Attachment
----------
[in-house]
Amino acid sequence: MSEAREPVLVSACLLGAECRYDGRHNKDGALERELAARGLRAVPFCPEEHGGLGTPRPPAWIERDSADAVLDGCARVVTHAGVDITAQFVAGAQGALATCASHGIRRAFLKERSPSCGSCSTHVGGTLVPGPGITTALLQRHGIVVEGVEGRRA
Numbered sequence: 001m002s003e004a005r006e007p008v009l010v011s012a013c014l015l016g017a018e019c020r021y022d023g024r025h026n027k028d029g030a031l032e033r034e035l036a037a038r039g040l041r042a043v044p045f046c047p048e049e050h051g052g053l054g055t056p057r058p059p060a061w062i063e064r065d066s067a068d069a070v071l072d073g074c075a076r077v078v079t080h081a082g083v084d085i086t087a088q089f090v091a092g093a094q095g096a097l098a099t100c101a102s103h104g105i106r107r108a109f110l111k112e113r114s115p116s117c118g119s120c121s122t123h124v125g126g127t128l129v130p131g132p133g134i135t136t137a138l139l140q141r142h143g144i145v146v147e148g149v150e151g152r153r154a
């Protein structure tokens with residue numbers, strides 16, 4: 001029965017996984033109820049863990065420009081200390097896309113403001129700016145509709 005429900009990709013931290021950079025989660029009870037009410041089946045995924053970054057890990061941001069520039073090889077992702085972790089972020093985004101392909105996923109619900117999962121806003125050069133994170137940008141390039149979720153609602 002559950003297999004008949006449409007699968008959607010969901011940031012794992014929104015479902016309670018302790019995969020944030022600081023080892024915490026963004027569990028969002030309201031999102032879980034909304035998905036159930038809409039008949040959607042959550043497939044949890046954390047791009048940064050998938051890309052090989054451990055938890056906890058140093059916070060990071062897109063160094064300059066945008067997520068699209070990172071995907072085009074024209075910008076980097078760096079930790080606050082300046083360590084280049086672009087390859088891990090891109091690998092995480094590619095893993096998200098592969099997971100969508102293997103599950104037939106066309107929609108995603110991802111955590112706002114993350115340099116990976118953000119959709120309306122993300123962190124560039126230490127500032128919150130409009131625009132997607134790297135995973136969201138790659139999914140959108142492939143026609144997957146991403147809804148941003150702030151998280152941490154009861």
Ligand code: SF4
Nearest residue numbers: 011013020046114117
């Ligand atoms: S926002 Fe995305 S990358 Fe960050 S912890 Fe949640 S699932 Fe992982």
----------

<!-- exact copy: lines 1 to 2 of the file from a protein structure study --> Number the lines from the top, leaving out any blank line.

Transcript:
[in-house]
Amino acid sequence: MSEAREPVLVSACLLGAECRYDGRHNKDGALERELAARGLRAVPFCPEEHGGLGTPRPPAWIERDSADAVLDGCARVVTHAGVDITAQFVAGAQGALATCASHGIRRAFLKERSPSCGSCSTHVGGTLVPGPGITTALLQRHGIVVEGVEGRRA